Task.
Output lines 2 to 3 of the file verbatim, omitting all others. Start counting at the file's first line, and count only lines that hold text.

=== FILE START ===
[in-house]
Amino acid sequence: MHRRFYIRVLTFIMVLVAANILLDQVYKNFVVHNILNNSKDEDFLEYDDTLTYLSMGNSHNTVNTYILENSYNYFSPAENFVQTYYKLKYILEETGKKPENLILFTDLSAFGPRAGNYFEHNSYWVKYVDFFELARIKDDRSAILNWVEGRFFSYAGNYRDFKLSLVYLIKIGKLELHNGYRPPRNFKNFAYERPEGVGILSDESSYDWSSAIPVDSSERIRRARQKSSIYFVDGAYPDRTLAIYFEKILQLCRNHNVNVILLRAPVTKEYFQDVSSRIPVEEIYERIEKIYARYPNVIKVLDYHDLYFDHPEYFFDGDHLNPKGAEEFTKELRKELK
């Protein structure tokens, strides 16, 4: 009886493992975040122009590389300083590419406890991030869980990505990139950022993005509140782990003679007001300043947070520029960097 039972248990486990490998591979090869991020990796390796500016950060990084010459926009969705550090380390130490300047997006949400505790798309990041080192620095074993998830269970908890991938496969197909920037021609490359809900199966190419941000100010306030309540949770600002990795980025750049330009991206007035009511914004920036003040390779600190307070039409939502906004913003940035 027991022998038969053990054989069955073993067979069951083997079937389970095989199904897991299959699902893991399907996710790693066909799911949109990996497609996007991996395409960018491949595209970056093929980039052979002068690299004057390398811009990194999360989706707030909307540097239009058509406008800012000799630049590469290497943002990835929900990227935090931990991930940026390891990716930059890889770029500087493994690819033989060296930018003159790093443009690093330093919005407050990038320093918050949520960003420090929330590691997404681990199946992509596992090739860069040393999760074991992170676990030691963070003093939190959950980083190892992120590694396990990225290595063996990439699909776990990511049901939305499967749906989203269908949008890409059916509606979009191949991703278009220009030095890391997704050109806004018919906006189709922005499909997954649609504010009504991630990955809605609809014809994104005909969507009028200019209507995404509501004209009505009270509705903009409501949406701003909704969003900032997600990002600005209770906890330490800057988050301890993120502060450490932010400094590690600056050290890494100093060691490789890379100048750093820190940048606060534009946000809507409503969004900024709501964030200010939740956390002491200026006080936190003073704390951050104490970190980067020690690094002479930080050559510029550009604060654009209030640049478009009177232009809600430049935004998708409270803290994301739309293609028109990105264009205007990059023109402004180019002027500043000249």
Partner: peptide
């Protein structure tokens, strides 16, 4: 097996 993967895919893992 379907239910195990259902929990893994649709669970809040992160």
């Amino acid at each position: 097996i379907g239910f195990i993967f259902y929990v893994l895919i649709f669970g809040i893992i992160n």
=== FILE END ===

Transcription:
Amino acid sequence: MHRRFYIRVLTFIMVLVAANILLDQVYKNFVVHNILNNSKDEDFLEYDDTLTYLSMGNSHNTVNTYILENSYNYFSPAENFVQTYYKLKYILEETGKKPENLILFTDLSAFGPRAGNYFEHNSYWVKYVDFFELARIKDDRSAILNWVEGRFFSYAGNYRDFKLSLVYLIKIGKLELHNGYRPPRNFKNFAYERPEGVGILSDESSYDWSSAIPVDSSERIRRARQKSSIYFVDGAYPDRTLAIYFEKILQLCRNHNVNVILLRAPVTKEYFQDVSSRIPVEEIYERIEKIYARYPNVIKVLDYHDLYFDHPEYFFDGDHLNPKGAEEFTKELRKELK
């Protein structure tokens, strides 16, 4: 009886493992975040122009590389300083590419406890991030869980990505990139950022993005509140782990003679007001300043947070520029960097 039972248990486990490998591979090869991020990796390796500016950060990084010459926009969705550090380390130490300047997006949400505790798309990041080192620095074993998830269970908890991938496969197909920037021609490359809900199966190419941000100010306030309540949770600002990795980025750049330009991206007035009511914004920036003040390779600190307070039409939502906004913003940035 027991022998038969053990054989069955073993067979069951083997079937389970095989199904897991299959699902893991399907996710790693066909799911949109990996497609996007991996395409960018491949595209970056093929980039052979002068690299004057390398811009990194999360989706707030909307540097239009058509406008800012000799630049590469290497943002990835929900990227935090931990991930940026390891990716930059890889770029500087493994690819033989060296930018003159790093443009690093330093919005407050990038320093918050949520960003420090929330590691997404681990199946992509596992090739860069040393999760074991992170676990030691963070003093939190959950980083190892992120590694396990990225290595063996990439699909776990990511049901939305499967749906989203269908949008890409059916509606979009191949991703278009220009030095890391997704050109806004018919906006189709922005499909997954649609504010009504991630990955809605609809014809994104005909969507009028200019209507995404509501004209009505009270509705903009409501949406701003909704969003900032997600990002600005209770906890330490800057988050301890993120502060450490932010400094590690600056050290890494100093060691490789890379100048750093820190940048606060534009946000809507409503969004900024709501964030200010939740956390002491200026006080936190003073704390951050104490970190980067020690690094002479930080050559510029550009604060654009209030640049478009009177232009809600430049935004998708409270803290994301739309293609028109990105264009205007990059023109402004180019002027500043000249």